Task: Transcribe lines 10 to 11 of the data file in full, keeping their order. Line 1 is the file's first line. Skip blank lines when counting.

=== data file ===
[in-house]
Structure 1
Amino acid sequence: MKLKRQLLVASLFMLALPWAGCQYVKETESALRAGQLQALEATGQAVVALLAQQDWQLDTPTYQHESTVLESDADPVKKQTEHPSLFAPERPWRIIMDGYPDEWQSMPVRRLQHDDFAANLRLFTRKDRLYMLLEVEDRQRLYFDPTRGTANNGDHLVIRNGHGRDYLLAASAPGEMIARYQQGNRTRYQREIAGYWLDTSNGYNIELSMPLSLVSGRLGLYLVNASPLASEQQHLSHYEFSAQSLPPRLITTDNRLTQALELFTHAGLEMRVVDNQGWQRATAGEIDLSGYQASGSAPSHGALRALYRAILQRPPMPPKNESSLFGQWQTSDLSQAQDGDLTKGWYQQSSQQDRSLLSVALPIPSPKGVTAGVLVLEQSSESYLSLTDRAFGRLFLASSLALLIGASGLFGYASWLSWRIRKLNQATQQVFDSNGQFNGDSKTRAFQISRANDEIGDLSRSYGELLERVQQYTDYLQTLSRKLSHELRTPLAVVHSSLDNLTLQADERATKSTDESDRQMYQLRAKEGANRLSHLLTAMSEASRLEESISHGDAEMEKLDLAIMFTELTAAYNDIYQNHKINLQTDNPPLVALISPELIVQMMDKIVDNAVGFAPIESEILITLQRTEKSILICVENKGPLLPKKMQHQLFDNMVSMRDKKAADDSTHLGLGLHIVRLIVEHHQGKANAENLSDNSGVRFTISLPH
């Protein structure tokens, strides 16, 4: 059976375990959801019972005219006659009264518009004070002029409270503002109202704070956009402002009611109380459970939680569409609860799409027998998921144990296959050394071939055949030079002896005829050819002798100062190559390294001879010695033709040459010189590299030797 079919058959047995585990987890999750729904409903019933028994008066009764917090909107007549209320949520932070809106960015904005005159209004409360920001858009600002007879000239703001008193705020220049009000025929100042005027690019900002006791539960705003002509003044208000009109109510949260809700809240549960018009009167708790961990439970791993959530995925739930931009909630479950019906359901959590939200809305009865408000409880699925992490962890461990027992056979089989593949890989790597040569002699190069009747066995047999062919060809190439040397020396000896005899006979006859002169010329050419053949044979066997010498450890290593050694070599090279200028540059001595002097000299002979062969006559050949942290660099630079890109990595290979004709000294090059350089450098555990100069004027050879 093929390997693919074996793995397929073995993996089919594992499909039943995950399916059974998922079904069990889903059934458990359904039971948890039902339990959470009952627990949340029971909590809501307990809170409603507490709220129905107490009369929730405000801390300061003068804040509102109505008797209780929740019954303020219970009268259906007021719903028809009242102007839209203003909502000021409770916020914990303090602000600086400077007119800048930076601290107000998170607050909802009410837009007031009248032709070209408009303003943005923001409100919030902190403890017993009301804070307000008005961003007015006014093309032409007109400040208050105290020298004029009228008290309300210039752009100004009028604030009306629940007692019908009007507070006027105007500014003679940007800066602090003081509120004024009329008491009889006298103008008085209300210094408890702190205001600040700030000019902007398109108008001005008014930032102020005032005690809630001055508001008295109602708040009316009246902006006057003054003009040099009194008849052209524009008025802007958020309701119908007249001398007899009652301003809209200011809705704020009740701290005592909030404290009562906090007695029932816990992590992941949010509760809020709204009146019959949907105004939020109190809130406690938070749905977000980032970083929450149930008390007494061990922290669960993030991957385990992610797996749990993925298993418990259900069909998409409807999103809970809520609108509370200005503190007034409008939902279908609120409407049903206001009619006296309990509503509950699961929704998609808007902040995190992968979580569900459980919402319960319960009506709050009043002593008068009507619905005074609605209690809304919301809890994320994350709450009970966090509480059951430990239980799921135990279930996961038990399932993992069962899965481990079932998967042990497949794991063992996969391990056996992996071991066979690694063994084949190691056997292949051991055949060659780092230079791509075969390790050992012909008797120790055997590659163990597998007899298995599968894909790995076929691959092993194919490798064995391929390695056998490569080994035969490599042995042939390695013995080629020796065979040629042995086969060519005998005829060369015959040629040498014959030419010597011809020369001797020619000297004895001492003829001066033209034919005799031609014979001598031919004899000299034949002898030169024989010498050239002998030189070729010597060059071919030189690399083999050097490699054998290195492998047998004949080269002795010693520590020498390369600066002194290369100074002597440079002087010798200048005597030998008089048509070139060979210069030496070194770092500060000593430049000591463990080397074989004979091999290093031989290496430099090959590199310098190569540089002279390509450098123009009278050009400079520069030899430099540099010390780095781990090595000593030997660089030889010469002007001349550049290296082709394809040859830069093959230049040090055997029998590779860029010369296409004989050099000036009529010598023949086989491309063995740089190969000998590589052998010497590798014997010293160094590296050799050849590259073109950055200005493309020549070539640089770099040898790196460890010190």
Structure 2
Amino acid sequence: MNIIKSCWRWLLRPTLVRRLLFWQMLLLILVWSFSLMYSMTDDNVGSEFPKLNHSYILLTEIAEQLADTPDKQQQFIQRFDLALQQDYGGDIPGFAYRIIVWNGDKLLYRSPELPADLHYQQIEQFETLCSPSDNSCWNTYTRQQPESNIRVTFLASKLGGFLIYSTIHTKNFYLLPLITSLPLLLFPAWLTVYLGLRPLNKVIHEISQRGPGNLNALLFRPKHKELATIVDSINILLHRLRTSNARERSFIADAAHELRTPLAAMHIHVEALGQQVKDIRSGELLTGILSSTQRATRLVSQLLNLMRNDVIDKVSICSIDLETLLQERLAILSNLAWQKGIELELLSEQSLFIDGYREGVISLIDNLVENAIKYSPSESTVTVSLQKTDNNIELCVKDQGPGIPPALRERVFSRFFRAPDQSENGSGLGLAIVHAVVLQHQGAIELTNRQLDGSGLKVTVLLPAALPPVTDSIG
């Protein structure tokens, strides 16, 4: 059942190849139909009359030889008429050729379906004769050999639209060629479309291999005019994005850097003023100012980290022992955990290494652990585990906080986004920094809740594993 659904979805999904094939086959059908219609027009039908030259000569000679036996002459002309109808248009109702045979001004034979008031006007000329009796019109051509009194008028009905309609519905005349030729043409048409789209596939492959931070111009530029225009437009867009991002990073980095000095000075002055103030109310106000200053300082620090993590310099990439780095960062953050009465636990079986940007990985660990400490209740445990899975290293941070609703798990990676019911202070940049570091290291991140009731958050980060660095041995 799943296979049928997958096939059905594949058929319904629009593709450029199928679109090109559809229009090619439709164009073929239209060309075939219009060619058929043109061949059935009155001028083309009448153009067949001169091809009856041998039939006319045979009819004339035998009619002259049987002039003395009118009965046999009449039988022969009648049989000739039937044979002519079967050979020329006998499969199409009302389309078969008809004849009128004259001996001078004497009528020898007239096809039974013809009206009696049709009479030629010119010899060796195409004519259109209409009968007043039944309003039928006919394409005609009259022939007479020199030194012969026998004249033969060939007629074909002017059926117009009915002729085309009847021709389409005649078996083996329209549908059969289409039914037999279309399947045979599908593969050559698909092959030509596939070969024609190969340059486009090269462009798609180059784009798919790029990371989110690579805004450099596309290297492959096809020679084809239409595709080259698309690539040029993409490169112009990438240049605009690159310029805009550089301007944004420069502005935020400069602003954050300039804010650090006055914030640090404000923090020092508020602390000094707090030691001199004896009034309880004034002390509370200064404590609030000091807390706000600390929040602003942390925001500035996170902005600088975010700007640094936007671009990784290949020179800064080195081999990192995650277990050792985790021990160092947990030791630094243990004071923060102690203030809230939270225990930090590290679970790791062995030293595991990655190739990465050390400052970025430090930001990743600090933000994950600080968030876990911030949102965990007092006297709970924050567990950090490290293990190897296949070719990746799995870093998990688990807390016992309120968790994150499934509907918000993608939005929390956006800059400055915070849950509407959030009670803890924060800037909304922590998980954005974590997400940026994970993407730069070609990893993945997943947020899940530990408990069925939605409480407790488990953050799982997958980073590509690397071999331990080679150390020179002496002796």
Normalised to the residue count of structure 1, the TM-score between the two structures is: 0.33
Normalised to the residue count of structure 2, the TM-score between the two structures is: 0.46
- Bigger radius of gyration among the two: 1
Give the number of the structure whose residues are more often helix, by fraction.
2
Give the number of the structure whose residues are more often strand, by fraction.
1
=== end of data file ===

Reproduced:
- Bigger radius of gyration among the two: 1
Give the number of the structure whose residues are more often helix, by fraction.